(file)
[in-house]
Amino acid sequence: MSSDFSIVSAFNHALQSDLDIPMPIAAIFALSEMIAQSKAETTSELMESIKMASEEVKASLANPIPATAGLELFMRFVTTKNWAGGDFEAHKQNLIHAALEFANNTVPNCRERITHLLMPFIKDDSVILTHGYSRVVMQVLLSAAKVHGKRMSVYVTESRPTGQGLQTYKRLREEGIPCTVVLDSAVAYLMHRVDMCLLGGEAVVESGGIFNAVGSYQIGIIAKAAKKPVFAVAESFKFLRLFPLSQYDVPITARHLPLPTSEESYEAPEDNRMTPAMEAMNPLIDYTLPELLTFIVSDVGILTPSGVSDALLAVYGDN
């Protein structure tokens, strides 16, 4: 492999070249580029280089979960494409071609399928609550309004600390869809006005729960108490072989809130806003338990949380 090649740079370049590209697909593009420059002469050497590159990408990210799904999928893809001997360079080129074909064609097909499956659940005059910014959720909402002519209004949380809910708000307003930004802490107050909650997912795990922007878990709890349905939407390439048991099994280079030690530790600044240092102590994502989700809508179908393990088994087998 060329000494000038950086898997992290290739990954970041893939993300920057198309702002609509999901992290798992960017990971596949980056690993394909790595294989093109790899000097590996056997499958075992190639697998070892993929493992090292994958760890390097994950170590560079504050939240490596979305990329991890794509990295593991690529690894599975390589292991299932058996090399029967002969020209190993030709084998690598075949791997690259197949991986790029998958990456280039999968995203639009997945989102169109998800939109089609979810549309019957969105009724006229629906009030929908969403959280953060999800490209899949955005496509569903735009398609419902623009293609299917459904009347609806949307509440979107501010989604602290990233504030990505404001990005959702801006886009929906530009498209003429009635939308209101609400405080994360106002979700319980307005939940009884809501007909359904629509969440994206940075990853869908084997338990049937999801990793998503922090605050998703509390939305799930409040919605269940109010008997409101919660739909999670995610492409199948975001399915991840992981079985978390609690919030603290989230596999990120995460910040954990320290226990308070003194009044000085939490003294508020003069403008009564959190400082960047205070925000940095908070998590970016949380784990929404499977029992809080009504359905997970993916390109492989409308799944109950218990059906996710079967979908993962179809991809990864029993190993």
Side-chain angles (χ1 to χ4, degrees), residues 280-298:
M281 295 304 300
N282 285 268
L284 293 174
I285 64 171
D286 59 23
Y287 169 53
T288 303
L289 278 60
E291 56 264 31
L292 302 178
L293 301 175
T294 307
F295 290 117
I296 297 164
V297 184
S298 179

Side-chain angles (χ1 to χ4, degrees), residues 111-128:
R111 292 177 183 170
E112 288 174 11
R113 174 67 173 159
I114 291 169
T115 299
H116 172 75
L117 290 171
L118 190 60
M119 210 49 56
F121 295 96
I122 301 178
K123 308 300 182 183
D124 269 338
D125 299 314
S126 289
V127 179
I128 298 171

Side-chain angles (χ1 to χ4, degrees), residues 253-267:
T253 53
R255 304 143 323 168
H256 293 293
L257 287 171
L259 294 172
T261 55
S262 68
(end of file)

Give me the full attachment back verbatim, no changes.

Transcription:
[in-house]
Amino acid sequence: MSSDFSIVSAFNHALQSDLDIPMPIAAIFALSEMIAQSKAETTSELMESIKMASEEVKASLANPIPATAGLELFMRFVTTKNWAGGDFEAHKQNLIHAALEFANNTVPNCRERITHLLMPFIKDDSVILTHGYSRVVMQVLLSAAKVHGKRMSVYVTESRPTGQGLQTYKRLREEGIPCTVVLDSAVAYLMHRVDMCLLGGEAVVESGGIFNAVGSYQIGIIAKAAKKPVFAVAESFKFLRLFPLSQYDVPITARHLPLPTSEESYEAPEDNRMTPAMEAMNPLIDYTLPELLTFIVSDVGILTPSGVSDALLAVYGDN
């Protein structure tokens, strides 16, 4: 492999070249580029280089979960494409071609399928609550309004600390869809006005729960108490072989809130806003338990949380 090649740079370049590209697909593009420059002469050497590159990408990210799904999928893809001997360079080129074909064609097909499956659940005059910014959720909402002519209004949380809910708000307003930004802490107050909650997912795990922007878990709890349905939407390439048991099994280079030690530790600044240092102590994502989700809508179908393990088994087998 060329000494000038950086898997992290290739990954970041893939993300920057198309702002609509999901992290798992960017990971596949980056690993394909790595294989093109790899000097590996056997499958075992190639697998070892993929493992090292994958760890390097994950170590560079504050939240490596979305990329991890794509990295593991690529690894599975390589292991299932058996090399029967002969020209190993030709084998690598075949791997690259197949991986790029998958990456280039999968995203639009997945989102169109998800939109089609979810549309019957969105009724006229629906009030929908969403959280953060999800490209899949955005496509569903735009398609419902623009293609299917459904009347609806949307509440979107501010989604602290990233504030990505404001990005959702801006886009929906530009498209003429009635939308209101609400405080994360106002979700319980307005939940009884809501007909359904629509969440994206940075990853869908084997338990049937999801990793998503922090605050998703509390939305799930409040919605269940109010008997409101919660739909999670995610492409199948975001399915991840992981079985978390609690919030603290989230596999990120995460910040954990320290226990308070003194009044000085939490003294508020003069403008009564959190400082960047205070925000940095908070998590970016949380784990929404499977029992809080009504359905997970993916390109492989409308799944109950218990059906996710079967979908993962179809991809990864029993190993």
Side-chain angles (χ1 to χ4, degrees), residues 280-298:
M281 295 304 300
N282 285 268
L284 293 174
I285 64 171
D286 59 23
Y287 169 53
T288 303
L289 278 60
E291 56 264 31
L292 302 178
L293 301 175
T294 307
F295 290 117
I296 297 164
V297 184
S298 179

Side-chain angles (χ1 to χ4, degrees), residues 111-128:
R111 292 177 183 170
E112 288 174 11
R113 174 67 173 159
I114 291 169
T115 299
H116 172 75
L117 290 171
L118 190 60
M119 210 49 56
F121 295 96
I122 301 178
K123 308 300 182 183
D124 269 338
D125 299 314
S126 289
V127 179
I128 298 171

Side-chain angles (χ1 to χ4, degrees), residues 253-267:
T253 53
R255 304 143 323 168
H256 293 293
L257 287 171
L259 294 172
T261 55
S262 68